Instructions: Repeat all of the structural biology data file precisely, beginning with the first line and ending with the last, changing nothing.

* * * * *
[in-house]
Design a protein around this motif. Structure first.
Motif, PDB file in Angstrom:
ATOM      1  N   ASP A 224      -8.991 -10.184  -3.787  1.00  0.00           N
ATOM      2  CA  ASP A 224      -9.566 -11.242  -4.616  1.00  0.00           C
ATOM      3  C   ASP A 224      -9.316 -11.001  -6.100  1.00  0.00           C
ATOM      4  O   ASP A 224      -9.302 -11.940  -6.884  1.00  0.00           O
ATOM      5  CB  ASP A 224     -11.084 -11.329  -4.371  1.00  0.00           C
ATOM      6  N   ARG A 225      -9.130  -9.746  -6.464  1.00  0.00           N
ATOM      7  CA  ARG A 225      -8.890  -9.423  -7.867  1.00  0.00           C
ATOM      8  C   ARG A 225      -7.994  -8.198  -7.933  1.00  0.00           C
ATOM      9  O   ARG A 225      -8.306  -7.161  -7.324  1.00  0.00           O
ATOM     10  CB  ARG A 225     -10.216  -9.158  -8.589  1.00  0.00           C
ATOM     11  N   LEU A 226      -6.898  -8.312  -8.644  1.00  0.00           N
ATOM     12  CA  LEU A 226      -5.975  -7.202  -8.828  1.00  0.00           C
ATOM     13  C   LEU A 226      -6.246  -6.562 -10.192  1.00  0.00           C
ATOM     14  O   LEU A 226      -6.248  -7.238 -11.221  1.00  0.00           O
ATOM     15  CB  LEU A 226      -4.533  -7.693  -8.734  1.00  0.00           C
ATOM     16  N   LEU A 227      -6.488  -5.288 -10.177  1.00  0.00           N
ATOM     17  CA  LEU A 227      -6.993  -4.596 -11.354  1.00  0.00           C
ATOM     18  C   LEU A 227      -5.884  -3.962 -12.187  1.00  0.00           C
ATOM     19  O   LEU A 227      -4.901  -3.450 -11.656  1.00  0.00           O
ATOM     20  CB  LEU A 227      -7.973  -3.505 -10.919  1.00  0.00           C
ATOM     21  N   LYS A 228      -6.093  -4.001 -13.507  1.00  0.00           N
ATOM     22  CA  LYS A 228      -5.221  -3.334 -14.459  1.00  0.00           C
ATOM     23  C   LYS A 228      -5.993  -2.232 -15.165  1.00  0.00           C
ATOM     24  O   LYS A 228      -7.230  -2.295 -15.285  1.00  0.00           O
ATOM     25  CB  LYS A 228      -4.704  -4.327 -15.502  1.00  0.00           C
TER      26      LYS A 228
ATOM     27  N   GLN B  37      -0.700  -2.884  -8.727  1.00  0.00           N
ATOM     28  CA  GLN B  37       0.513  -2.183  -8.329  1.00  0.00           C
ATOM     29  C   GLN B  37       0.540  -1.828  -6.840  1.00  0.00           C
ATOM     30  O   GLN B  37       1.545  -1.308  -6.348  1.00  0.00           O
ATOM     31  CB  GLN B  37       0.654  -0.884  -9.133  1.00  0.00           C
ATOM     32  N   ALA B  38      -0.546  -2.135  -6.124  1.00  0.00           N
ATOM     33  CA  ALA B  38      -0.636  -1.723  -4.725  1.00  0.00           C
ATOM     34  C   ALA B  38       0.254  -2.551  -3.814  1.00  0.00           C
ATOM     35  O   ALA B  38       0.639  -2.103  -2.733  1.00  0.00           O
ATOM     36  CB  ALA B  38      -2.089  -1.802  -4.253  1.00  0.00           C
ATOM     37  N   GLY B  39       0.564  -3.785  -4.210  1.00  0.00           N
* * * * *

[in-house]
Design a protein around this motif. Structure first.
Motif, PDB file in Angstrom:
ATOM      1  N   ASP A 224      -8.991 -10.184  -3.787  1.00  0.00           N
ATOM      2  CA  ASP A 224      -9.566 -11.242  -4.616  1.00  0.00           C
ATOM      3  C   ASP A 224      -9.316 -11.001  -6.100  1.00  0.00           C
ATOM      4  O   ASP A 224      -9.302 -11.940  -6.884  1.00  0.00           O
ATOM      5  CB  ASP A 224     -11.084 -11.329  -4.371  1.00  0.00           C
ATOM      6  N   ARG A 225      -9.130  -9.746  -6.464  1.00  0.00           N
ATOM      7  CA  ARG A 225      -8.890  -9.423  -7.867  1.00  0.00           C
ATOM      8  C   ARG A 225      -7.994  -8.198  -7.933  1.00  0.00           C
ATOM      9  O   ARG A 225      -8.306  -7.161  -7.324  1.00  0.00           O
ATOM     10  CB  ARG A 225     -10.216  -9.158  -8.589  1.00  0.00           C
ATOM     11  N   LEU A 226      -6.898  -8.312  -8.644  1.00  0.00           N
ATOM     12  CA  LEU A 226      -5.975  -7.202  -8.828  1.00  0.00           C
ATOM     13  C   LEU A 226      -6.246  -6.562 -10.192  1.00  0.00           C
ATOM     14  O   LEU A 226      -6.248  -7.238 -11.221  1.00  0.00           O
ATOM     15  CB  LEU A 226      -4.533  -7.693  -8.734  1.00  0.00           C
ATOM     16  N   LEU A 227      -6.488  -5.288 -10.177  1.00  0.00           N
ATOM     17  CA  LEU A 227      -6.993  -4.596 -11.354  1.00  0.00           C
ATOM     18  C   LEU A 227      -5.884  -3.962 -12.187  1.00  0.00           C
ATOM     19  O   LEU A 227      -4.901  -3.450 -11.656  1.00  0.00           O
ATOM     20  CB  LEU A 227      -7.973  -3.505 -10.919  1.00  0.00           C
ATOM     21  N   LYS A 228      -6.093  -4.001 -13.507  1.00  0.00           N
ATOM     22  CA  LYS A 228      -5.221  -3.334 -14.459  1.00  0.00           C
ATOM     23  C   LYS A 228      -5.993  -2.232 -15.165  1.00  0.00           C
ATOM     24  O   LYS A 228      -7.230  -2.295 -15.285  1.00  0.00           O
ATOM     25  CB  LYS A 228      -4.704  -4.327 -15.502  1.00  0.00           C
TER      26      LYS A 228
ATOM     27  N   GLN B  37      -0.700  -2.884  -8.727  1.00  0.00           N
ATOM     28  CA  GLN B  37       0.513  -2.183  -8.329  1.00  0.00           C
ATOM     29  C   GLN B  37       0.540  -1.828  -6.840  1.00  0.00           C
ATOM     30  O   GLN B  37       1.545  -1.308  -6.348  1.00  0.00           O
ATOM     31  CB  GLN B  37       0.654  -0.884  -9.133  1.00  0.00           C
ATOM     32  N   ALA B  38      -0.546  -2.135  -6.124  1.00  0.00           N
ATOM     33  CA  ALA B  38      -0.636  -1.723  -4.725  1.00  0.00           C
ATOM     34  C   ALA B  38       0.254  -2.551  -3.814  1.00  0.00           C
ATOM     35  O   ALA B  38       0.639  -2.103  -2.733  1.00  0.00           O
ATOM     36  CB  ALA B  38      -2.089  -1.802  -4.253  1.00  0.00           C
ATOM     37  N   GLY B  39       0.564  -3.785  -4.210  1.00  0.00           N